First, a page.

Sorry, italics attack. Should just be “trouble” and “why her?” italicised.

  16. Silver Adept April 9, 2018 at 9:14 am

    @ Nothing –

    There’s no indication that I know of that will say Sitta is Lessa’s actual mother, but that we can make an implication and it doesn’t seem out of place says a lot about the work that’s going on here.

    @ genesistrine and Sontin –

    Blues are canonically very good at finding candidates, and from what little has been shown off the process, the blues are tuned to people that have strong mental abilities. So, theoretically, what Jora has going for her is a high psi rating that will help her control her queen, and in turn, control the dragons.

    None of this is actually said, of course, because there’s no narrative purpose in making Jora anything other than the person everyone hates and that nobody finds anything other than grotesque. And there’s no reason to believe that Search dragons didn’t find other candidates that would have been better queen riders, whether inside or outside of the Weyr.

    Past “the narrative of an earlier book says we have to,” there’s no reason why Jora is Weyrwoman.

  17. emmy April 11, 2018 at 7:57 am

    Without having read the book at all (this is past the point where I stopped), I’m just going to headcanon Jora as a cuddly puppy-loving girl who had a zillion animal friends and was a completely natural choice for both a search dragon and Impression (high empathy score), but she then annoyed the heck out of all the dragonriders by being the wrong kind of ultra-feminine.

    A girl who wants to bake cookies and play dress-up and talk to her pets all the time, but is grossed out by anything resembling blood or sex and is slightly timid and non-confrontational, which leads to her quickly being read as weak and useless. She’s not headstrong at all, so their standard procedures for ‘breaking’ a woman into line don’t work with her – she just weeps, and they give up in disgust.

    From that start point I can easily imagine that Jora actually heard all dragons, but never told anybody because no one ever asked her. The weyr generally reacts to her with barely-polite tolerance to her face, and eye-rolling disdain behind her back.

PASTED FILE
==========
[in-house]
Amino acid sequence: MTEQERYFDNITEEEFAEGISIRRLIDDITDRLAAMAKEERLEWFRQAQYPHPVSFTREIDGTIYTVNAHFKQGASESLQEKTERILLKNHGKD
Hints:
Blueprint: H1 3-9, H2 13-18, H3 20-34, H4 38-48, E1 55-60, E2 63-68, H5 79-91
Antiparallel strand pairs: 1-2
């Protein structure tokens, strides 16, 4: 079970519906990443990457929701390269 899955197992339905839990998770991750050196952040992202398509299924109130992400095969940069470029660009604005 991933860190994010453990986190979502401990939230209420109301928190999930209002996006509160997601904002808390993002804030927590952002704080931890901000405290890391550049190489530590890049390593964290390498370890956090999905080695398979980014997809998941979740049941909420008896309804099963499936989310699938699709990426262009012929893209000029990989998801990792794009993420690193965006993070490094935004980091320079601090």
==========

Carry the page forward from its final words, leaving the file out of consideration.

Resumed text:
Deciding that she’s just useless and not up to the job, people don’t bother bringing her the sort of tasks that are traditionally left to the Weyrwoman, then blame her for not doing a better job managing the Weyr. But again, not to her face. They just mutter, while she surrounds herself further with pets and comforts because she’s otherwise alone.

    We know she’ll end up with F’lon in the next mating flight, and become strongly attached to him and devastated when he dies. We also know he has at least two children with other women, but NOT with Jora. Perhaps she had no interest in sexuality at all, and she and F’lon reached an agreement offscreen in which she would put up with the mating flights because she had to, but otherwise they would be nonsexual companions. And so she devotes herself to him because he feels like the only one willing to find out what SHE wants, even though he doesn’t actually love her. When he finally dies, she feels utterly alone, and deeply resents the Weyr for having taken over her whole life – and develops into the Jora who “rarely stirred from her apartments” before she died.

    Obviously this is all just me making up ideas, but there is room here for Jora to be an interesting character.

  18. genesistrine April 11, 2018 at 2:19 pm

    @SilverAdept: there’s no reason to believe that Search dragons didn’t find other candidates that would have been better queen riders, whether inside or outside of the Weyr.

    F’lon makes a crack about “I could wish there’d been more choice for Nemorth than that Jora!”, which is why I’ve been assuming she was the only candidate.

    there’s no narrative purpose in making Jora anything other than the person everyone hates and that nobody finds anything other than grotesque.

    Well, I guess it depends on what prequels should do, really. AMC only seems interested in telling us how great her favourite characters are and how everyone else is a poopyhead, but a good prequel ought to be able to show things changing, giving us new insights into characters, etc etc. As with emmy’s remarks below – something like that could give us new insight into Jora; we could have had new insight into Fax; what he wants and why he chose that way to get it, but no, evil/bully/nobody-does-anything, business as usual.